Genetic Counselors’ Knowledge, Confidence, and Practices with Insurance and Billing for Genetic Testing
- Author(s): Lehman, Molly Kathleen
- Advisor(s): Smith, Moyra
- et al.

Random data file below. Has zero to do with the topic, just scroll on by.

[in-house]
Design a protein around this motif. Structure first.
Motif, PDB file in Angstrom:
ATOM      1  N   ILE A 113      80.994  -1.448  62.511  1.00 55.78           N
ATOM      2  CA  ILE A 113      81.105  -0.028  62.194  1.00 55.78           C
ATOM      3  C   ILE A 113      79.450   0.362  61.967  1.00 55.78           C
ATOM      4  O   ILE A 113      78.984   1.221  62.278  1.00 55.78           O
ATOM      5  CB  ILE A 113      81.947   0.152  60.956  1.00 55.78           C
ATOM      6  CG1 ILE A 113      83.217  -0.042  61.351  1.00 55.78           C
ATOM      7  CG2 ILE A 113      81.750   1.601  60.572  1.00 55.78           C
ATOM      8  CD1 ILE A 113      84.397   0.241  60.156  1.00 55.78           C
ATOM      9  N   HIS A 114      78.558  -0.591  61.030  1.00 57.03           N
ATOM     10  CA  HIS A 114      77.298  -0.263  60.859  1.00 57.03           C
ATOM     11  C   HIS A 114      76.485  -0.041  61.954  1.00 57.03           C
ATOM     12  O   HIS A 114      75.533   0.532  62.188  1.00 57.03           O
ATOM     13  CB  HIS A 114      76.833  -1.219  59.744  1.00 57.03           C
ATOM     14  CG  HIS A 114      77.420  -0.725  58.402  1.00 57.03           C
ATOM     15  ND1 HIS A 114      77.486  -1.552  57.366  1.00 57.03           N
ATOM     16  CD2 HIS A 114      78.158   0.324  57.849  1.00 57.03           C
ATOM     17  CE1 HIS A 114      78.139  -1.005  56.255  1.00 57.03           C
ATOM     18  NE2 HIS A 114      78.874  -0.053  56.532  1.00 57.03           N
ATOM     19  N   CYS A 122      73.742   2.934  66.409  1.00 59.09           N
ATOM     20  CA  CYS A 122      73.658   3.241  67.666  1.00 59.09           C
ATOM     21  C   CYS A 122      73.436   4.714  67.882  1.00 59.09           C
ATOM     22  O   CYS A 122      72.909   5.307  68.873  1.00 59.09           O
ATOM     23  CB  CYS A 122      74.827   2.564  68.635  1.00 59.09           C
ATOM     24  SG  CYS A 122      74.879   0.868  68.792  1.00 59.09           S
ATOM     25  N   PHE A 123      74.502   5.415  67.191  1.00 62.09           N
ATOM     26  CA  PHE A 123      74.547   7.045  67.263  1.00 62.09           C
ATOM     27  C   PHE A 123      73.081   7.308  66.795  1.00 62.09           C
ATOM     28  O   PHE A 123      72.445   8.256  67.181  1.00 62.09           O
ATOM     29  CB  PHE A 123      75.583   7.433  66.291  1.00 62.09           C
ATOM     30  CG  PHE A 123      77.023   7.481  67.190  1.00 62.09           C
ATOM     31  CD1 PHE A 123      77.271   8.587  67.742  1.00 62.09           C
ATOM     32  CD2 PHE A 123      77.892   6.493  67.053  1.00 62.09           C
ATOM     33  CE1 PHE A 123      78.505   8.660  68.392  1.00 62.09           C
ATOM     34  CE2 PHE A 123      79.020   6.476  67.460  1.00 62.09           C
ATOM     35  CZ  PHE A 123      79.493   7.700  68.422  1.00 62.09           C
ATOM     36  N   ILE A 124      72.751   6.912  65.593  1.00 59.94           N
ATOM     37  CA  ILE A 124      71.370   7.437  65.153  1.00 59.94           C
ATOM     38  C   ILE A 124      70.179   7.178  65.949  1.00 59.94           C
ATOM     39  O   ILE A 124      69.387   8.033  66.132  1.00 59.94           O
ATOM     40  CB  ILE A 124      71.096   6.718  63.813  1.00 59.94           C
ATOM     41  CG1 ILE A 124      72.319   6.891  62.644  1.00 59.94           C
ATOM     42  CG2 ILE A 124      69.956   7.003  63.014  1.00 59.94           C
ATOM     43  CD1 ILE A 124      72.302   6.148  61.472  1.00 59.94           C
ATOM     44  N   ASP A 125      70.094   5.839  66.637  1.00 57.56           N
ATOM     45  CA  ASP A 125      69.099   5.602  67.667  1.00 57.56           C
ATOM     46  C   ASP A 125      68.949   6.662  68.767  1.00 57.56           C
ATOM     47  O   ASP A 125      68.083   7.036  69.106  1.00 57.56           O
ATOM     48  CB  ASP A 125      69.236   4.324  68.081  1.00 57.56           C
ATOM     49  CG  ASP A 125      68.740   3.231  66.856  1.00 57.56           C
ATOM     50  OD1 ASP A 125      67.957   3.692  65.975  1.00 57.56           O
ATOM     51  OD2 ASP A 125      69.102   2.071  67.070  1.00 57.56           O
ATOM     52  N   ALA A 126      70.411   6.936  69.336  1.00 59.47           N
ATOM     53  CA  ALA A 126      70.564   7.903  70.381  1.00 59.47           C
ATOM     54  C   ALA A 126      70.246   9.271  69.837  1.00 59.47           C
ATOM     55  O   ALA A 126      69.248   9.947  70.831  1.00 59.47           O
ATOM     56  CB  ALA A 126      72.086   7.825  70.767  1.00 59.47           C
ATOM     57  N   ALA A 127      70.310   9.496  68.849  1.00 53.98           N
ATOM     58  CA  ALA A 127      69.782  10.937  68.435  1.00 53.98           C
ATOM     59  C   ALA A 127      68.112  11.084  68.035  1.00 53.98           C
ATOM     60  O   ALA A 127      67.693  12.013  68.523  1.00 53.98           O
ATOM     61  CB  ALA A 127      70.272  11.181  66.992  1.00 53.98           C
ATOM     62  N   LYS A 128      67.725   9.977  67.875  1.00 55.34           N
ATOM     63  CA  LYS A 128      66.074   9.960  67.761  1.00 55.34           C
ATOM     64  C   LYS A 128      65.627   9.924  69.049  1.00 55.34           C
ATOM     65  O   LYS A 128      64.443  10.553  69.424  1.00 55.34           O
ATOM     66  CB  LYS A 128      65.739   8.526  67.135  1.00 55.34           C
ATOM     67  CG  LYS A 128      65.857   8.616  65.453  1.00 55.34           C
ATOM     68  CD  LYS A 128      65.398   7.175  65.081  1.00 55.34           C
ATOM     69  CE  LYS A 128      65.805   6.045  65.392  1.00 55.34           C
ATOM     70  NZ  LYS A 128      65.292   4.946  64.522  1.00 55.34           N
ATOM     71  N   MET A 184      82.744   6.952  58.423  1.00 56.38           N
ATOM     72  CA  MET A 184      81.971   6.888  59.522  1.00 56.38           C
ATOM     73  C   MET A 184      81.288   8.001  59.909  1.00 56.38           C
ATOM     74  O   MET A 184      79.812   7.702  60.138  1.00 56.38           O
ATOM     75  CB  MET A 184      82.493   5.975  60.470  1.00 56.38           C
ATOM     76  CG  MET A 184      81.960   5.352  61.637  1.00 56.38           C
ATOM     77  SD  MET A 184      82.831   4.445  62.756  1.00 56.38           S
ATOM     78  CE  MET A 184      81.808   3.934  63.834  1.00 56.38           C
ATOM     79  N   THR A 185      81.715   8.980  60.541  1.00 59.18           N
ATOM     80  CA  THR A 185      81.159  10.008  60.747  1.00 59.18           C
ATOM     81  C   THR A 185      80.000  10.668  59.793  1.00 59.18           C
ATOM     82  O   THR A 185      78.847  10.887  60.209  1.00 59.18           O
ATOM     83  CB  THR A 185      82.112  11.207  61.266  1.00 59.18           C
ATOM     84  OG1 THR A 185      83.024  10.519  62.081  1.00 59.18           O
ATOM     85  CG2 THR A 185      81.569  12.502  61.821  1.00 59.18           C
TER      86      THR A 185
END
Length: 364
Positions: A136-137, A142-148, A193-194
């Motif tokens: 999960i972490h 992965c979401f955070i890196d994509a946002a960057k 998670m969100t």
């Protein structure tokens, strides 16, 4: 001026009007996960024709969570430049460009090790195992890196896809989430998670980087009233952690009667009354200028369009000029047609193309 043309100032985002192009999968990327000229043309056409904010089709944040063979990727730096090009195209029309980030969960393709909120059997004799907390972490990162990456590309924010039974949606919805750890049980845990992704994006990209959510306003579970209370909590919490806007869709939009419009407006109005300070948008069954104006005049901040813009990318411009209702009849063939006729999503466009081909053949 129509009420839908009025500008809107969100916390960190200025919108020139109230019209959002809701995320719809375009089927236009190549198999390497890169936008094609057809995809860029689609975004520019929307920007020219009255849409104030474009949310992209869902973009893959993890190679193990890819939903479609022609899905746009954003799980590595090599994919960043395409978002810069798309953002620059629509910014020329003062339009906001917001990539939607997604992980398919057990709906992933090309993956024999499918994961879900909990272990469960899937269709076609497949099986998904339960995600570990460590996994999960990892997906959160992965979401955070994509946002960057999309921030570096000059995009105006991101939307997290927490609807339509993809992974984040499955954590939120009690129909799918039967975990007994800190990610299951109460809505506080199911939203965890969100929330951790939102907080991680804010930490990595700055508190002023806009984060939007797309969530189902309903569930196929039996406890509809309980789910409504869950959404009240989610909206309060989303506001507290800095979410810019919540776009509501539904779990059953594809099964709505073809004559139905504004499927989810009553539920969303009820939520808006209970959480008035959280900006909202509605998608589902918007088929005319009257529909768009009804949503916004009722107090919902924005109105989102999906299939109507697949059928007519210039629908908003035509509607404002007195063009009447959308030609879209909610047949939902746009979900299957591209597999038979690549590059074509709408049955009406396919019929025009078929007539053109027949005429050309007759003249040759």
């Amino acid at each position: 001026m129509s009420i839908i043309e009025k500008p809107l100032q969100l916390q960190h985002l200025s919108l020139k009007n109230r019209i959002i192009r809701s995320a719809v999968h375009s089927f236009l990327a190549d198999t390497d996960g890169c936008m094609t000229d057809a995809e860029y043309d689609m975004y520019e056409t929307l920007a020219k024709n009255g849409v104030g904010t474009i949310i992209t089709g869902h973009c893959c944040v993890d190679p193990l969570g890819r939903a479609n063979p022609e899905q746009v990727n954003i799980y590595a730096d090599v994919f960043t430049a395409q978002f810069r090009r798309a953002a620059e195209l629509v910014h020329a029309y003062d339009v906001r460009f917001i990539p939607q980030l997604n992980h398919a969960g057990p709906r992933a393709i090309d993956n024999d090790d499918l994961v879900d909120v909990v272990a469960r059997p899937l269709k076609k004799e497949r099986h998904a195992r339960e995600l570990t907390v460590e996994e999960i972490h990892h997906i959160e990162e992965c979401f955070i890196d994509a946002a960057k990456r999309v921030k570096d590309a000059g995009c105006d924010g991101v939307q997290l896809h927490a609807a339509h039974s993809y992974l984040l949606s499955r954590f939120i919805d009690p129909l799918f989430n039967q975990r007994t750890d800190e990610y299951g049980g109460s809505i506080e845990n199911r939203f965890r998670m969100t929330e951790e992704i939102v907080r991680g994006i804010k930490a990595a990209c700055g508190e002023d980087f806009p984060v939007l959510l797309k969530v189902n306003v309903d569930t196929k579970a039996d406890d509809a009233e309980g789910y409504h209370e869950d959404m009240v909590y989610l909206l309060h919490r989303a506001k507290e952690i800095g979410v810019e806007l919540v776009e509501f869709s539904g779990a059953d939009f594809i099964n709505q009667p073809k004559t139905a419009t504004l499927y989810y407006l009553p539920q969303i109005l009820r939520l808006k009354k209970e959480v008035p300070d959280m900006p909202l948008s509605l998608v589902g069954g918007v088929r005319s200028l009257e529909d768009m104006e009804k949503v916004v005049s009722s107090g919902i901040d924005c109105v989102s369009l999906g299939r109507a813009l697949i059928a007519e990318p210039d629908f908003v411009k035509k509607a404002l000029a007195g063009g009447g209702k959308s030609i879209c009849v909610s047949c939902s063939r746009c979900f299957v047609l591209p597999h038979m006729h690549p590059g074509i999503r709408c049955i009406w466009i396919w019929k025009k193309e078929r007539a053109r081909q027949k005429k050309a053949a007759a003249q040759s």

Clinical genetic testing has incredible promise due to its clinical utility and proven cost effectiveness when ordered and performed appropriately. However, the relationships amongst healthcare providers, insurance companies, and genetic testing laboratories are complicated and evolving quickly. In the field of clinical genetics, the responsibility of coordinating billing for genetic testing often falls on the genetic counselor—a person who usually does not have formal training in this area. Having a person who is not formally trained in insurance and billing coordinating this aspect of the process may be reducing productivity or quality of care. With this study, we surveyed clinical genetic counselors to evaluate trends in their interactions with insurance companies and their confidence in how they manage insurance and billing. We also included in the survey questions about training that the participants received. Free-response questions about health insurance terms were included to determine the level of understanding of health insurance. The survey responses were analyzed based on demographic factors and data about clinical practice, including subspecialty and other professional and institutional characteristics. The results of the study demonstrated that training provided in graduate school and by employers was significantly correlated with preparedness and confidence level in the insurance and billing processes. Additionally, respondents’ decision making with respect to insurance and billing in clinical scenarios was correlated with certain institutional and professional characteristics. This study highlights the importance of the relationship between genetic counselors and health insurance and underscores the need to educate genetic counselors about insurance and billing.